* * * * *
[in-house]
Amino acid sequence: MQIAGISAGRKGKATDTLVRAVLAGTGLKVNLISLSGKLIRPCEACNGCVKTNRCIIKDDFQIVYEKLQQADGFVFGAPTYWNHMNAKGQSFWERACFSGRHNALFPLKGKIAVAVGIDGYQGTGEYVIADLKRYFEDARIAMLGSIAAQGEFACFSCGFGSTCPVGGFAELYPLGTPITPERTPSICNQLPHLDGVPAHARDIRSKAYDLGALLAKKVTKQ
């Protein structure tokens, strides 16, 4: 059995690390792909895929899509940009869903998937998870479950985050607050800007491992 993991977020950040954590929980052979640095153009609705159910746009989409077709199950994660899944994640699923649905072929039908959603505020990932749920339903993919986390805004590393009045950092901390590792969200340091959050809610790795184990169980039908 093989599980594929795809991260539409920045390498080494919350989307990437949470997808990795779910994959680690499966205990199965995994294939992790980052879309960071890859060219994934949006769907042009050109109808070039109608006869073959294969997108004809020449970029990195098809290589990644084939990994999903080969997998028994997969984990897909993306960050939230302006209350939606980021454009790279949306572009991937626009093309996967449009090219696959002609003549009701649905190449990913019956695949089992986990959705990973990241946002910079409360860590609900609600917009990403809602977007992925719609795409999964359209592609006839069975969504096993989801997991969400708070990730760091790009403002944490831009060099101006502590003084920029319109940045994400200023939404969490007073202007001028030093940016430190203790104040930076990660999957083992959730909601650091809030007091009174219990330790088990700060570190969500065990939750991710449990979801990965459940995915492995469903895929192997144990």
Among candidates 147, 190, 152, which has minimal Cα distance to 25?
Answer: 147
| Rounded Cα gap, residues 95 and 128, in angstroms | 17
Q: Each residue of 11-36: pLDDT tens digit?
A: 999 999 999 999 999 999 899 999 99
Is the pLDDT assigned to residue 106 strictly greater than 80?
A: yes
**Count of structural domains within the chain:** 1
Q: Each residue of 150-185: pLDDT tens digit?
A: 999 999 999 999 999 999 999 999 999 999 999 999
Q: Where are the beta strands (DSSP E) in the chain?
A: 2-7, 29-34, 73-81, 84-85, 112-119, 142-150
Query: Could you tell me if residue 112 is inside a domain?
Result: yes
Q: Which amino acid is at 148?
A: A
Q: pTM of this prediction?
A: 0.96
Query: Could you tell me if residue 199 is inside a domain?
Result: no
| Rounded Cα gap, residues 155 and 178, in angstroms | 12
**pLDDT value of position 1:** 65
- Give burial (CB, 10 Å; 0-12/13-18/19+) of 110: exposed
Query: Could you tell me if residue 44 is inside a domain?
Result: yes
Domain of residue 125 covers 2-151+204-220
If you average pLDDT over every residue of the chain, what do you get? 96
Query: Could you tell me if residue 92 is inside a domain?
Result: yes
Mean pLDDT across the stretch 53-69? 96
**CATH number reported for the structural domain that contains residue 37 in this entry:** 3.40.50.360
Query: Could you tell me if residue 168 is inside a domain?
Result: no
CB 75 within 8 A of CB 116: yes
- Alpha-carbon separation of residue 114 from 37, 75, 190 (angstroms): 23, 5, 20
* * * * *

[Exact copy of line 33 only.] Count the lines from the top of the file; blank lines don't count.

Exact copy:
Mean pLDDT across the stretch 53-69? 96